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UNC Genetics Lab Group


Under Dr. Piven’s direction, the UNC Genetics Lab Group is currently involved in two studies:
  1. North American Extended Family Study of Autism
  2. Neural Circuitry of Social Cognition in the Broad Autism Phenotype

North American Extended Family Study of Autism

The Autism Research Program of the UNC Carolina Institute for Developmental Disabilities and the Offord Centre for Child Studies at McMaster University in Hamilton, Ontario, Canada work collaboratively on this project investigating the genetic basis of autism in extended families. This study looks at extended families in which autism and autistic characteristics seem to "run in the family".

Mission:
The purpose of the North American Extended Family Study of Autism or NAEFSA is to learn about the genes that make a person susceptible to autism, Asperger's syndrome, or ASD. Previous studies that have looked at the genes related to autism were done with large numbers of families who had one or two members with autism. This study is unique because we are looking at a smaller number of families who are related to each other and have three or more family members who have autism, Asperger's syndrome, or ASD. We hope that these families will help us to see more clearly the genes that are related to autism. Another unique aspect of this study is that it is federally funded in both the United States and in Canada. The National Institutes of Health have funded a five year project to be conducted through the University of North Carolina at Chapel Hill led by Dr. Joseph Piven. In Canada, the Canadian Institutes of Health Research have funded an identical study headed by Dr. Peter Szatmari of McMaster University, at the Offord Centre for Child Studies. Our research teams have joined forces to create a larger data set from both countries that will allow us to more rapidly identify the autism susceptibility genes.

The Genetics Lab Group is currently looking for families who would be interested in working with our teams to help tackle some of the mysteries surrounding the genetics of autism (extended families include: mothers, fathers, brothers, sisters, aunts, uncles, cousins and grandparents). If you might be interested in this study or you know someone who might be interested, please contact us.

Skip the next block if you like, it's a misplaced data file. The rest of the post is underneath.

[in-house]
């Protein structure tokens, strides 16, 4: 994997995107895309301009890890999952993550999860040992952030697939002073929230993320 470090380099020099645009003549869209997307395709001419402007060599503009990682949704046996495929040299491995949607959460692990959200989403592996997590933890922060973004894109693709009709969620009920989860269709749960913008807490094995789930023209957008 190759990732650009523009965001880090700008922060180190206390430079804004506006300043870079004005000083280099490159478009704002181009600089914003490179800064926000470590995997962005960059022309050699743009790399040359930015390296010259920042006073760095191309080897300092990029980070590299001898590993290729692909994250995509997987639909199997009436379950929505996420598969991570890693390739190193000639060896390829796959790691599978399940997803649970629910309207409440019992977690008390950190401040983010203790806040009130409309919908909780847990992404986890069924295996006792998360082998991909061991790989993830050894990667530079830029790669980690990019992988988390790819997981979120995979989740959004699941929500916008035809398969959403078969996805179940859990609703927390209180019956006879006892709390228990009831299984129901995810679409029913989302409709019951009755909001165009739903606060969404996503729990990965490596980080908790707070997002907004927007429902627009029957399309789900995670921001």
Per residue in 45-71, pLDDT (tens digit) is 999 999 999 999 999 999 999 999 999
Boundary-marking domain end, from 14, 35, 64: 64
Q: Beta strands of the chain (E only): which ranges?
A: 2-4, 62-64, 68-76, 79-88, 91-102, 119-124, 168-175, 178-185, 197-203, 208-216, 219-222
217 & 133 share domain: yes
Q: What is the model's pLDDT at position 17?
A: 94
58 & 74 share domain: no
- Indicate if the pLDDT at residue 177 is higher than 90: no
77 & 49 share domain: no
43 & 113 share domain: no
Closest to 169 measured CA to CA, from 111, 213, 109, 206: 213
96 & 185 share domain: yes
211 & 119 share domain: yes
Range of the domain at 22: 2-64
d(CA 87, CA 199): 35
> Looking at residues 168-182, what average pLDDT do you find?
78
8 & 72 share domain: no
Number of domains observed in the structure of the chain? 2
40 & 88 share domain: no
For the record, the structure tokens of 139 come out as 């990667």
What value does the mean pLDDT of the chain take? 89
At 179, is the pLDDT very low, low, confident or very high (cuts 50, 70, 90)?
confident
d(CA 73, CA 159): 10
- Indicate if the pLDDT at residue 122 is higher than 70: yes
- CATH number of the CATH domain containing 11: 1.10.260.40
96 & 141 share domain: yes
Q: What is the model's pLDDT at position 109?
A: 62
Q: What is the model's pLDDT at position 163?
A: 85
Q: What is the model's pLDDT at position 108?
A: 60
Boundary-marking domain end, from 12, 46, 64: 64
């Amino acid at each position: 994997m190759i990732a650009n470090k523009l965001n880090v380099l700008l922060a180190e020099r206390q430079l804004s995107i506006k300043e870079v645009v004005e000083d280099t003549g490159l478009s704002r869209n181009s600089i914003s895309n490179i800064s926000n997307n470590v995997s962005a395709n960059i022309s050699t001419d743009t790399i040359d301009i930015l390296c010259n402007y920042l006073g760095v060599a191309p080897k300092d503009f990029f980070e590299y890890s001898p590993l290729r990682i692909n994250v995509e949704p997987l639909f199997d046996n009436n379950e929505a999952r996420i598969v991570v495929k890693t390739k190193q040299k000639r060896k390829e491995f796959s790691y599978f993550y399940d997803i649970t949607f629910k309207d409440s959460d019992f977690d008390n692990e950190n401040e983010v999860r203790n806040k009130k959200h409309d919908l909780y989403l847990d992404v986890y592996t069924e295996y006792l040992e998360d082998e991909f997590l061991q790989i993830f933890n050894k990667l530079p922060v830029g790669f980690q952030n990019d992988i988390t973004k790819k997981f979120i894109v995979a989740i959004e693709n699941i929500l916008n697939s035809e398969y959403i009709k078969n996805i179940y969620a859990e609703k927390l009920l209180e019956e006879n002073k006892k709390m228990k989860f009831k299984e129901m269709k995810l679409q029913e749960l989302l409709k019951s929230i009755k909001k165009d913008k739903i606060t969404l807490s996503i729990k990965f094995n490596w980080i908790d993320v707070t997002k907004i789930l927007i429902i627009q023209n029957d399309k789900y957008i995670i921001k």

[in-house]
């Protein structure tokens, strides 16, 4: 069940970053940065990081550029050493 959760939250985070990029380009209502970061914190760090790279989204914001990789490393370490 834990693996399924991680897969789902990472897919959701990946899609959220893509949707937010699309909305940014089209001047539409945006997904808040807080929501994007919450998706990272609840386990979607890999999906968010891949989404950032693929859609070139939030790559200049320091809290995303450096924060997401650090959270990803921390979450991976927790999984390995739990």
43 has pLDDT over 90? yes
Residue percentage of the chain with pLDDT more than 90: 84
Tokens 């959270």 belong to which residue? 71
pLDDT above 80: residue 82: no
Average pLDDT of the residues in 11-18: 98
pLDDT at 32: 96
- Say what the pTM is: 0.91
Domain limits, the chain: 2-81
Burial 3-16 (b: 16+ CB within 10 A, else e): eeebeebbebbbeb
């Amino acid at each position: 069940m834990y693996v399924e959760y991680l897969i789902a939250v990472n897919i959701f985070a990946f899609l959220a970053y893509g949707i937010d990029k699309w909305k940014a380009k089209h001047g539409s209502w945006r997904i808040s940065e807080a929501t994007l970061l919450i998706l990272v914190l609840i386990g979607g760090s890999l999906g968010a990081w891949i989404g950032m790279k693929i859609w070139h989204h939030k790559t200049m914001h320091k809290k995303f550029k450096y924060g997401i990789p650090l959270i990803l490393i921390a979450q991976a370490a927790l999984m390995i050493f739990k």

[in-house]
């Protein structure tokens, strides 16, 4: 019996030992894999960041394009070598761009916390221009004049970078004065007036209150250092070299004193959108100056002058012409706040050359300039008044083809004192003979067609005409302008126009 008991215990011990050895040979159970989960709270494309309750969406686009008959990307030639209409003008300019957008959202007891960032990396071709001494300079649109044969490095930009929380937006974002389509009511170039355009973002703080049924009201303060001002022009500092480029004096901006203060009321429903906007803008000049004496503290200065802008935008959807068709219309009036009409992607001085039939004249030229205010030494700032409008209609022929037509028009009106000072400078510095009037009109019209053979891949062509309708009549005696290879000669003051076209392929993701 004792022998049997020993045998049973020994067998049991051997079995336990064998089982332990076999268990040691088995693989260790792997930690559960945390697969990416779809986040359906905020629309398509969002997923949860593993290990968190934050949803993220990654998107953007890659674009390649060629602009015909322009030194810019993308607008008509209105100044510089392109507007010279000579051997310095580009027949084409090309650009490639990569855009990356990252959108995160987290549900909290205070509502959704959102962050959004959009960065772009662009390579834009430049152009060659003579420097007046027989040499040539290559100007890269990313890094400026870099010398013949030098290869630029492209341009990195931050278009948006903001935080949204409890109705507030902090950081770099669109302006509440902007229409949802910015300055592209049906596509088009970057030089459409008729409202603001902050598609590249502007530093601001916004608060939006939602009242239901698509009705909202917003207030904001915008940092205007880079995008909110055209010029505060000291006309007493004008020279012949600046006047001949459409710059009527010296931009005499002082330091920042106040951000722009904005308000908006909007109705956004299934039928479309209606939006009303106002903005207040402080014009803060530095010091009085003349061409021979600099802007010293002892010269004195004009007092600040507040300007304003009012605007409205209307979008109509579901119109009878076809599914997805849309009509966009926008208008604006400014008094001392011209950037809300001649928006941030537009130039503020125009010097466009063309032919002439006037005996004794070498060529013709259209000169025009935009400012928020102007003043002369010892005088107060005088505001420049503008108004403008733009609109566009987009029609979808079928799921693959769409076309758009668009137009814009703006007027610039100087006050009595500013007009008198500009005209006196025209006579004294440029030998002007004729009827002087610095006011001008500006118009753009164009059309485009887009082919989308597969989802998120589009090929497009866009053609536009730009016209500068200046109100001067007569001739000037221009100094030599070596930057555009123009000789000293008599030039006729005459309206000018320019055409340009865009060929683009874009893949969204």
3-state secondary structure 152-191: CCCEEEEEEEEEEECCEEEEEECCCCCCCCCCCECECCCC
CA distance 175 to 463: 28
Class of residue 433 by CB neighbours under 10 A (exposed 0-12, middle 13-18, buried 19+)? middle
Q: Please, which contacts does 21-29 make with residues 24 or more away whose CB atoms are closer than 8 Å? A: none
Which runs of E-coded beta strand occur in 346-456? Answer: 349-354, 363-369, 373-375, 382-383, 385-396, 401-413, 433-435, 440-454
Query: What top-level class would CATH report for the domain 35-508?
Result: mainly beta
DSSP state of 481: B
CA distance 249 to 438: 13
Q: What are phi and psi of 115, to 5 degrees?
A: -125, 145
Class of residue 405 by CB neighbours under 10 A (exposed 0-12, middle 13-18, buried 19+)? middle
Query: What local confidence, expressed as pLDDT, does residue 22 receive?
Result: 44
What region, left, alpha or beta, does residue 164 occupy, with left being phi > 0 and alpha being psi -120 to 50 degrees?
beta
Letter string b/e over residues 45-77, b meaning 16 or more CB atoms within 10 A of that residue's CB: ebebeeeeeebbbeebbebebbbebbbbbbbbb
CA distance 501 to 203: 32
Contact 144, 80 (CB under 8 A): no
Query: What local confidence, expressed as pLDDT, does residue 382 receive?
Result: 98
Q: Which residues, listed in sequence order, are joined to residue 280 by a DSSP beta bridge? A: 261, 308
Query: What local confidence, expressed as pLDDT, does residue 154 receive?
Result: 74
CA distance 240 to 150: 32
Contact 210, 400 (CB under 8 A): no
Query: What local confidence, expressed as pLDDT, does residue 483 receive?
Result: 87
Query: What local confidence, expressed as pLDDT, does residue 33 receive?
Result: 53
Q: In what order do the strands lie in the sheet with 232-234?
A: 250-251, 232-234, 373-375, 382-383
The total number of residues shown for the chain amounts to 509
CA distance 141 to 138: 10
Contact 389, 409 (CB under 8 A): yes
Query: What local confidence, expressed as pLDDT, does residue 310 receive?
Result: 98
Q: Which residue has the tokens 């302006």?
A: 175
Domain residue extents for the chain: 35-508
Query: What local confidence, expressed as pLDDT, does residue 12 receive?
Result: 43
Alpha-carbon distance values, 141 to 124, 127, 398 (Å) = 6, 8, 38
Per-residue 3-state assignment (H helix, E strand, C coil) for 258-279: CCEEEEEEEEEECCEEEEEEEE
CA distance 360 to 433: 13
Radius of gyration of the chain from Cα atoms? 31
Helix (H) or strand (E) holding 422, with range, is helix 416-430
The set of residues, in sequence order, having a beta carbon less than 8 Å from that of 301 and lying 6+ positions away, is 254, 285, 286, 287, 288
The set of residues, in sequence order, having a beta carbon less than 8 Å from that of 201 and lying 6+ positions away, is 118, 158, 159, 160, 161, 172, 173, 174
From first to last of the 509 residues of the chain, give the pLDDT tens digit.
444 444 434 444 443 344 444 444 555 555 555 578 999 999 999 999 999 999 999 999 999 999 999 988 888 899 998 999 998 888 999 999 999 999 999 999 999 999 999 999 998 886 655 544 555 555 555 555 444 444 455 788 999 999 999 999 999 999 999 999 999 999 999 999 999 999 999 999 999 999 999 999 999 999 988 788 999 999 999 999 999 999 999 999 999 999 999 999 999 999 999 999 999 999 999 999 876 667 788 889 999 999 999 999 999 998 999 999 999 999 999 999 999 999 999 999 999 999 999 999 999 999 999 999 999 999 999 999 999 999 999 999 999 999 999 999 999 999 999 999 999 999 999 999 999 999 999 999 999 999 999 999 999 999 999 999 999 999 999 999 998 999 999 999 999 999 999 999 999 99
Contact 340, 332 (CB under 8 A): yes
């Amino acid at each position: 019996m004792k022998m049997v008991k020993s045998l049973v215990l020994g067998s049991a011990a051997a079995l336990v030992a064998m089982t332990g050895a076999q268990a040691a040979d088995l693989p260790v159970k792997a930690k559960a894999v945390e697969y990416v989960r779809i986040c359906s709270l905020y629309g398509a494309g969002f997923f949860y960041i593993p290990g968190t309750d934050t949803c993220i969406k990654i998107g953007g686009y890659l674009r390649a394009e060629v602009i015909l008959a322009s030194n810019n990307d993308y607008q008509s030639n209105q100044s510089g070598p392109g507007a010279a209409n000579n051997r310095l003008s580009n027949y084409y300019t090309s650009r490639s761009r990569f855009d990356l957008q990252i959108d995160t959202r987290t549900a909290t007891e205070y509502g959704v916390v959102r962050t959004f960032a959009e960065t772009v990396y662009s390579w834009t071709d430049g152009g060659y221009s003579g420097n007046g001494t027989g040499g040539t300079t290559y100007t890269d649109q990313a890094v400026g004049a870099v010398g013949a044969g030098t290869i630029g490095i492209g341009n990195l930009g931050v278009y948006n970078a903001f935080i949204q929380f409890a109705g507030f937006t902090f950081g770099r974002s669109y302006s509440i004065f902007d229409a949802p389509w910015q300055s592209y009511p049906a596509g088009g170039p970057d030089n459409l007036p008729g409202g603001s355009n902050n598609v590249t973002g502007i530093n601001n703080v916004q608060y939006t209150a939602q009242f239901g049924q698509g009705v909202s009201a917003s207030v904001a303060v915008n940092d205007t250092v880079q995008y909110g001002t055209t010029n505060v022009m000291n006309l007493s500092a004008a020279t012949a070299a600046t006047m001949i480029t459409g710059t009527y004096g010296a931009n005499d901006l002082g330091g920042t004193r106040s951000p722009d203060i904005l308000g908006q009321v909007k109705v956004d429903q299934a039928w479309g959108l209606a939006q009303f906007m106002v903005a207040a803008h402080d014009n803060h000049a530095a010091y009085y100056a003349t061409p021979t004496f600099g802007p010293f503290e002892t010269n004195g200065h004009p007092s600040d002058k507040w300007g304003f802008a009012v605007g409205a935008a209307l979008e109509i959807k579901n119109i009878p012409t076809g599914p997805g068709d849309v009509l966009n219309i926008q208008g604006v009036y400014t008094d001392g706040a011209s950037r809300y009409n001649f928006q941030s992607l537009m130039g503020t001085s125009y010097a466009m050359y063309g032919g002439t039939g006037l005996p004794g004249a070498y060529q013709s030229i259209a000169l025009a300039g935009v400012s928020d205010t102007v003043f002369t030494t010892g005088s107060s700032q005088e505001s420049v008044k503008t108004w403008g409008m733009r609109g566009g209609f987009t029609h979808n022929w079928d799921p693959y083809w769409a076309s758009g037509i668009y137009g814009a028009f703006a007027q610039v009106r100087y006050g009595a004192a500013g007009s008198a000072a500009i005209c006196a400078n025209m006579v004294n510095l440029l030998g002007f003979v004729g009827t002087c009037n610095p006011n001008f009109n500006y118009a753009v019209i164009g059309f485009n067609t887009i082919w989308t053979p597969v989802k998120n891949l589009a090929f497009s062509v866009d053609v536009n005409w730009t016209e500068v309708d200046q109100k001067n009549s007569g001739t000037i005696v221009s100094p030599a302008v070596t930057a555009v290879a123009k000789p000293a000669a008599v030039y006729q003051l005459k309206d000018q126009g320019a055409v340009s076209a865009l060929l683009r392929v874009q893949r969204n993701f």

Study website (includes list of members): http://www.ndrc.unc.edu/familystudy/index.htm

Neural Circuitry of Social Cognition in the Broad Autism Phenotype

The purpose of this research study is to look at parents of individuals with autism and the parents of typically developing children to see how areas of their brains react when they are doing tasks that are related to processing social information. Researchers look at each person’s brain by having them do the tasks while they are in a scanner called an MRI or Magnetic Resonance Imaging Chamber. The MRI takes pictures of the brain using strong magnetic fields and radio waves. The lab group is interested in seeing how different personality or language characteristics in parents of individuals with autism may affect how their brains process social information.

The Genetics Lab Group is looking for individuals with Autism to participate in this study. If you might be interested in this study or you know someone who might be interested, please contact us.

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